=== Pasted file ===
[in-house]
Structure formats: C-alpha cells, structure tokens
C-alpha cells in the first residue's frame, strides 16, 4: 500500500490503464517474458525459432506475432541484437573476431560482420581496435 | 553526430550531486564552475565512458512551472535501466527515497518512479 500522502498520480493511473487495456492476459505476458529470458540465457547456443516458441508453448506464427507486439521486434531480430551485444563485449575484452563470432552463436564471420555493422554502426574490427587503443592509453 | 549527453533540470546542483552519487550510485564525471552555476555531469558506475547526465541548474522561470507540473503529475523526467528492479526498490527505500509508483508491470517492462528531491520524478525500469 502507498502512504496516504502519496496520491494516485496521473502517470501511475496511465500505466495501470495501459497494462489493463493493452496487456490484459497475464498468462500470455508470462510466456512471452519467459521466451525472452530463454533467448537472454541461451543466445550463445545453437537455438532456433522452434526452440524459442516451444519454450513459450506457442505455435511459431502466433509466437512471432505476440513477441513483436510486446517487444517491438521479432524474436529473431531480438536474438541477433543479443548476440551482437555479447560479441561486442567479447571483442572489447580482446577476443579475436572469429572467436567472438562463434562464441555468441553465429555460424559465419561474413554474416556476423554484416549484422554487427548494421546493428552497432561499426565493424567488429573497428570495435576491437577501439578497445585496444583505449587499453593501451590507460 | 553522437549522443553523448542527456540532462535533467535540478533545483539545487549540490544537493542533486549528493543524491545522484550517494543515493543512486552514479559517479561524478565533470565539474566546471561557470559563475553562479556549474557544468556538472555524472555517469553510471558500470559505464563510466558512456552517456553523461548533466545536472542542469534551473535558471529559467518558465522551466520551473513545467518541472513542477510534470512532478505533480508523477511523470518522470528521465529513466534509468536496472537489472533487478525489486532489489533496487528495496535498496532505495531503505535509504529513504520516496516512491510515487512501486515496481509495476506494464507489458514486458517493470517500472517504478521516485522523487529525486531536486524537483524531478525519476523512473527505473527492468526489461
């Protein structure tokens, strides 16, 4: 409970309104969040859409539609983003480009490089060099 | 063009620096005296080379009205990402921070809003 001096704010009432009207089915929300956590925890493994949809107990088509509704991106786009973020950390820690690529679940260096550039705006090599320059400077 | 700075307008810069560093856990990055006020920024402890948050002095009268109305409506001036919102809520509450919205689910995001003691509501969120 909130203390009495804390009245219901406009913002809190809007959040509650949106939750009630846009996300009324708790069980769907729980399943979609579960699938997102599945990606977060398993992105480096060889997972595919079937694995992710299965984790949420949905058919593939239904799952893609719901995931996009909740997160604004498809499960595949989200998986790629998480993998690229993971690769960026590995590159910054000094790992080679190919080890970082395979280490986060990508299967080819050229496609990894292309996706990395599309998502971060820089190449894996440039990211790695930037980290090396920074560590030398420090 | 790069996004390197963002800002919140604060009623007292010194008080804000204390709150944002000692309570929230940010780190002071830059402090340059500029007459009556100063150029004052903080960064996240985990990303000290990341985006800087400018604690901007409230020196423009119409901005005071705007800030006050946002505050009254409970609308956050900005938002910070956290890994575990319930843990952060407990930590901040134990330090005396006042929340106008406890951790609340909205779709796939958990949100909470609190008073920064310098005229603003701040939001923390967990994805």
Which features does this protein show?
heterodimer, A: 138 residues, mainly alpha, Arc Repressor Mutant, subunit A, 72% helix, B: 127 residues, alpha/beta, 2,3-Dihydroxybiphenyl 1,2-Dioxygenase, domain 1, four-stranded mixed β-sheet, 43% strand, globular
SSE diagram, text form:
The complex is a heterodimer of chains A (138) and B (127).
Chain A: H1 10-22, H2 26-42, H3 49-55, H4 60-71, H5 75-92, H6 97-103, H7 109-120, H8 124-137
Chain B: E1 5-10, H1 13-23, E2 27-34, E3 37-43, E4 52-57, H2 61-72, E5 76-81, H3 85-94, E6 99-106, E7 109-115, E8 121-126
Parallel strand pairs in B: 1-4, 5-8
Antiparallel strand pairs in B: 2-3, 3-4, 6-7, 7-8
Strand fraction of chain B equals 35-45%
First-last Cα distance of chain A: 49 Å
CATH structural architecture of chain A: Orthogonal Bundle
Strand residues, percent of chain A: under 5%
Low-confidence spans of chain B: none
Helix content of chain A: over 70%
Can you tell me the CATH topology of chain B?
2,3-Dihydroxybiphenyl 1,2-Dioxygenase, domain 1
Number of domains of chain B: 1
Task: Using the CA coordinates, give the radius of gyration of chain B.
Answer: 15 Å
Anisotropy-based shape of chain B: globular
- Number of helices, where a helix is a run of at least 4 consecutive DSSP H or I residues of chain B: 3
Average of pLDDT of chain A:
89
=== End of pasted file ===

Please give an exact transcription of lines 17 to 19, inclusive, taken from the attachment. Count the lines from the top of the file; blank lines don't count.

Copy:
Low-confidence spans of chain B: none
Helix content of chain A: over 70%
Can you tell me the CATH topology of chain B?